The new EU directive and its implementation

In 2013, a new directive (2013/59/Euratom) was formed that establishes uniform basic safety standards for the protection of the health of individuals subject to occupational, medical and public exposures to ionizing radiation against the dangers arising from such exposure. The directive shall be transformed into domestic law in the member countries in Europe before 15th of January 2018 and new equipment purchased after 6th of February 2018 must follow the new rules. 

To fulfil the directive, several of the countries in Europe e.g. Sweden and France have updated either the national rules or recommendations in the beginning of June. The question we are going to focus on is the interpretation of one of the more important sentences in the new directive (page 27, paragraph 3b)

Member States shall ensure that:

equipment used for external beam radiotherapy with a nominal beam energy exceeding 1 MeV to has a device to verify key treatment parameters. Equipment installed prior to 6 February 2018 may be exempted from this requirement.

This part is for example taken into the Swedish radiation protection law SSM2016-1358 as

all utrustning som används för extern strålterapi och som har en nominell energi som överstiger 1 megavolt, ska vara försedd med en anordning för kontroll av relevanta behandlingsparametrar

Google translate:

all equipment used for external beam radiation therapy and which has a nominal energy greater than 1 megavolt, shall be fitted with a device for checking the relevant treatment parameters.

The question is thereby what does this mean? So let’s look into the various part of it:

  • First; we talk radiation therapy and energies above 1MeV
  • “Fitted with a device” or “has a device” indicate that this is done with an independent method or equipment. If it is an independent method the raw data must also fulfil the independency criteria.
  • Verify: Nowadays it is often forgotten what verify means and then it is good to go back and look at the synonyms:  Verify or Prove or Validate or Substantiate or…. It simply means to ensure the correctness. In our case it is the correctness of delivered treatment or the right radiation dose at the right place.
  • The right dose could refer to either the prescribed dose or the planned dose.
    • The first step - to ensure that the prescribed dose is also the planned dose can be verified using a secondary dose calculation software.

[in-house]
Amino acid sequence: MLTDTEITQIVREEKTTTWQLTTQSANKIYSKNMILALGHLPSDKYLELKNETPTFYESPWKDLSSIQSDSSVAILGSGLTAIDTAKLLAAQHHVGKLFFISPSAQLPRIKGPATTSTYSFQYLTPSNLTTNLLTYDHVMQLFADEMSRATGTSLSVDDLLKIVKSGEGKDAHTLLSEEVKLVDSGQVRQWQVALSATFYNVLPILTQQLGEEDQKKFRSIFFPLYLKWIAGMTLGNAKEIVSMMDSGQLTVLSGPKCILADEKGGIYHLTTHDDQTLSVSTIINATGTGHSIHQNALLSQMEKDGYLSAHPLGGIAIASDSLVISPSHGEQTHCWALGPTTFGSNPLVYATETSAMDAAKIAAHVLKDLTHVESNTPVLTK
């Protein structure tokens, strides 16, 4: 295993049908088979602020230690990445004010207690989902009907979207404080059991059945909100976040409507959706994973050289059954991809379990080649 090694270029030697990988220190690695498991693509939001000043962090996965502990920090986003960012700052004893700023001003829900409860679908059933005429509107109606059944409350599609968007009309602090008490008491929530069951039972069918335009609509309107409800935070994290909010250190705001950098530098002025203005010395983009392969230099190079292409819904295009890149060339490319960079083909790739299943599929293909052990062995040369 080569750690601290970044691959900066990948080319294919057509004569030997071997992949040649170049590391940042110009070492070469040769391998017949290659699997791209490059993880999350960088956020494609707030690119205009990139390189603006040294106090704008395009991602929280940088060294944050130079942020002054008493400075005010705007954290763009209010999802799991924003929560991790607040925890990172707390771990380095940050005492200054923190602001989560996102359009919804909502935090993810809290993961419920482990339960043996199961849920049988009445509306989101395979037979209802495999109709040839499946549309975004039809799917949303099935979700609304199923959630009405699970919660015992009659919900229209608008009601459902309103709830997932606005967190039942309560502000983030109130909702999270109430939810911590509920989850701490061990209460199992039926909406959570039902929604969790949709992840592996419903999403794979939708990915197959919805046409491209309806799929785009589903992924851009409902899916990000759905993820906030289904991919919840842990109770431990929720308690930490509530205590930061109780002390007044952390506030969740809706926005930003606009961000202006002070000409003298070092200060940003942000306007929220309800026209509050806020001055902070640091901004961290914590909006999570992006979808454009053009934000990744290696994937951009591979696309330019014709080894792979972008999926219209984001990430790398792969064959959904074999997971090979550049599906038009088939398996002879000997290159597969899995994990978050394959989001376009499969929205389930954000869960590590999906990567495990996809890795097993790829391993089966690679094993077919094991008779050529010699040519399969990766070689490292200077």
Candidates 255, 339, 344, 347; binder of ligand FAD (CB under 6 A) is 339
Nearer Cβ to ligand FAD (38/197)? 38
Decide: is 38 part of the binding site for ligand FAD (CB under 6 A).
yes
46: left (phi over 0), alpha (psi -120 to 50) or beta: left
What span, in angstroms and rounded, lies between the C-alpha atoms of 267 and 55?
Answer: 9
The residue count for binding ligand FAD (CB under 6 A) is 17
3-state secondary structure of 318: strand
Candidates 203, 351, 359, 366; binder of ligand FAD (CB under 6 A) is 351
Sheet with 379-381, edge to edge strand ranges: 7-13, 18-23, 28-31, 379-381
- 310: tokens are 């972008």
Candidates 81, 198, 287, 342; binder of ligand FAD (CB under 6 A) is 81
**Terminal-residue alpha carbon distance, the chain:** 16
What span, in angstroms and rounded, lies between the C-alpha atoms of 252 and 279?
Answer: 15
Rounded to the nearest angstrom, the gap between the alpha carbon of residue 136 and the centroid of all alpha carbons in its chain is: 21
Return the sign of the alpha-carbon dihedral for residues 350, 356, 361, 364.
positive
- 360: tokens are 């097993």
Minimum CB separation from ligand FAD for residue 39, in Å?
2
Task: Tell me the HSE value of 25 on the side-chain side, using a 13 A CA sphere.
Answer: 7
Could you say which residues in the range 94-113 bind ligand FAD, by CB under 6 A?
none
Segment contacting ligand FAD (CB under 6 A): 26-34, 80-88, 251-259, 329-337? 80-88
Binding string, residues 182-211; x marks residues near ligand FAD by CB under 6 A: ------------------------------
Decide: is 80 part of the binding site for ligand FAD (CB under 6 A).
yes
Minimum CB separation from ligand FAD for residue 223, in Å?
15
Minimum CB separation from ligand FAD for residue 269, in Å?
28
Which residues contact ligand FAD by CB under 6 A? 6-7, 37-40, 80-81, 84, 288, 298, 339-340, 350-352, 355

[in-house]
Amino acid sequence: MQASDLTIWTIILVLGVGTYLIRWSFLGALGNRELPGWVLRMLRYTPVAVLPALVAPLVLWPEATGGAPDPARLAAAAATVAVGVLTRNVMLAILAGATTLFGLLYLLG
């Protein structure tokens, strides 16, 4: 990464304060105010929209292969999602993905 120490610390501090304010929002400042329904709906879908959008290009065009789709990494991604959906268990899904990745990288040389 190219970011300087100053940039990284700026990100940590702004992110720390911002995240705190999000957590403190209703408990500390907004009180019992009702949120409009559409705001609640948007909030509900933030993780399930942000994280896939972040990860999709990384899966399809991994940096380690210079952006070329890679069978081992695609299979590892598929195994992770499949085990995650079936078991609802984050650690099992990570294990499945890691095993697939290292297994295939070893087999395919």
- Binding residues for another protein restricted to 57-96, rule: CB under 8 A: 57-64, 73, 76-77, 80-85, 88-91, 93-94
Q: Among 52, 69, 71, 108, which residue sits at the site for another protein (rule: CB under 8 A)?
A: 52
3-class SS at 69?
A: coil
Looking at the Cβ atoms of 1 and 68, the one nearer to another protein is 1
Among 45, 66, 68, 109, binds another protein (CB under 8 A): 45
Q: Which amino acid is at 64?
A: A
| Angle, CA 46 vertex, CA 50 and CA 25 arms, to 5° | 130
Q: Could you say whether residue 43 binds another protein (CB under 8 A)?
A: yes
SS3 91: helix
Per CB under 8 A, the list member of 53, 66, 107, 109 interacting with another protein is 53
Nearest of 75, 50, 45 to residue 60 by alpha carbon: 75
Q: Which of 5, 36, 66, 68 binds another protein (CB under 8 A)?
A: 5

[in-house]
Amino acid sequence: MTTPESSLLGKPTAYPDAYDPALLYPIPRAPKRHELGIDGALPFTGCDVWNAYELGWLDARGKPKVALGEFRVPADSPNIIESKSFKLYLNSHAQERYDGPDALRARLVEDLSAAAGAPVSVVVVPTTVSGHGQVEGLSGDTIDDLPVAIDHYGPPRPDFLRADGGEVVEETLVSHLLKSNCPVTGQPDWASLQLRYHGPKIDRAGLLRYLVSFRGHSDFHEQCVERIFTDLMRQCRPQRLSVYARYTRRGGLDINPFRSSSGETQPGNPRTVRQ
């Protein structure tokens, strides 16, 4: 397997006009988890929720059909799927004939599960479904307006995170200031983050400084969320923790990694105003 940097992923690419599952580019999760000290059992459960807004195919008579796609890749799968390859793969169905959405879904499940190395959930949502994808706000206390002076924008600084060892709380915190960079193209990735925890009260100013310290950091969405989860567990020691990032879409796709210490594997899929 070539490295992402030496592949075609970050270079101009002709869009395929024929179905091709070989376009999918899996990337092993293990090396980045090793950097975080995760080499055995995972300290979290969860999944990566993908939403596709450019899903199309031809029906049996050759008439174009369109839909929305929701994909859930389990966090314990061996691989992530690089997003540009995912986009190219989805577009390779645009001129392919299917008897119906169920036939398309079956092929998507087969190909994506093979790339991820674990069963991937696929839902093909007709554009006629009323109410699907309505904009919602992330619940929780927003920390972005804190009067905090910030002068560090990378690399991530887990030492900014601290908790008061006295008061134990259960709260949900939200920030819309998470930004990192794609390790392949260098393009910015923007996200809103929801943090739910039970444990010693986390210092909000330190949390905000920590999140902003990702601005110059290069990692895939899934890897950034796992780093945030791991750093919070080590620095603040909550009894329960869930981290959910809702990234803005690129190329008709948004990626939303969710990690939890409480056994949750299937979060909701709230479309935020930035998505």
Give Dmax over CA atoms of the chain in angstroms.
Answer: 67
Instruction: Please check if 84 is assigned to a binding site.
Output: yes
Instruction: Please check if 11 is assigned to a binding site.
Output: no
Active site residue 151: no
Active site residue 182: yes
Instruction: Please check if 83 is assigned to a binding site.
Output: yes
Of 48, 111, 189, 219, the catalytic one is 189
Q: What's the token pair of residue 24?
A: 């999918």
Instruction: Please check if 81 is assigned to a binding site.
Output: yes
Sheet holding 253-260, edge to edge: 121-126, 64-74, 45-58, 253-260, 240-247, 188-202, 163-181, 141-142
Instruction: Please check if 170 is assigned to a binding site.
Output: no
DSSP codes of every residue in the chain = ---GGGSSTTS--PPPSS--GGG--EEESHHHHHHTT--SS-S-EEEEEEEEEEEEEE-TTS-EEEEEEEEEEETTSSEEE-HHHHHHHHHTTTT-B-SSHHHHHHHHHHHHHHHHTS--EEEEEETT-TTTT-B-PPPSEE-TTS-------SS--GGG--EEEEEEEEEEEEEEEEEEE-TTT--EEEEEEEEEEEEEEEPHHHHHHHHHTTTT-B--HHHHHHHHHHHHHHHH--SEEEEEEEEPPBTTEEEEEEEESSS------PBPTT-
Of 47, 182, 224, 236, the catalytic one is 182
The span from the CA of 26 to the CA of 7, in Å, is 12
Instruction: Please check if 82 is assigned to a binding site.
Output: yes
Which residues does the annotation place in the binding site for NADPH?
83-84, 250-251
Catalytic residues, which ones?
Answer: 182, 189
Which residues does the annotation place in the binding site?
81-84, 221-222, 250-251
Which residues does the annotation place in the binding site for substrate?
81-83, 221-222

• The second step - to verify that the planned dose is also the delivered dose -  requires that all relevant parameters are independently verified.
      • In the last almost two decades it has been popular to verify that the planed dose is also the delivered dose using Pre Treatment Verification. In the last decade the technology has mainly been 3D phantoms containing detectors. The benefit with this technique is that it verifies all relevant parameters at the same time. The drawback is that the method is time consuming and that it can’t be done during treatment of the patient.
      • Lately Logfiles has been used and the information in those files has been quantified as dose via calculations of the relative intensity, MLC positions etc. This is however NOT a verification because it fails on the first instance, independence.
      • It is also popular to use EPID images and back-project the information into the patient and calculate the dose inside the patient. This is a somewhat independent solution, depending what criteria one have for independency. However the fact that all EPIDs are reading the image information in sequences makes it impossible to know the synchronisation between the acquired data and gantry angle, MLC position, output etc. and thereby the correctness of it. The EPID solution doesn’t have any independent information on gantry angle and even if an independent inclinometer was used it would still not be synchronized with the EPID read-out. The combination of EPID and logfiles doesn’t help to get a complete and independent solution.
      • Transmission detectors have the potential to fulfil the requirements in the new EU directive because of independency and a benefit is the possibility to get a fast and efficient implementation of the solution
      • Transmission detector solely do not however fulfil the requirement - the key treatment parameters. Gantry- and collimator angle is missing and if it is measured it has to be synchronized with time resolved fluency measurement to be useful. For the transmission detector to also verify the MLC-leafs, the configuration of the detectors is crucial. Additionally if the intension is to verify the leaf motions during dynamic treatments the verification must be done in real-time or at least once per control-point.

Our conclusion of the above analysis of the EU directive from 2013 is that a transmission detector like the Delta4 Discover including gantry and collimator angle verification, synchronisation and MLC position verification fulfils the new requirements and is available for clinical use today.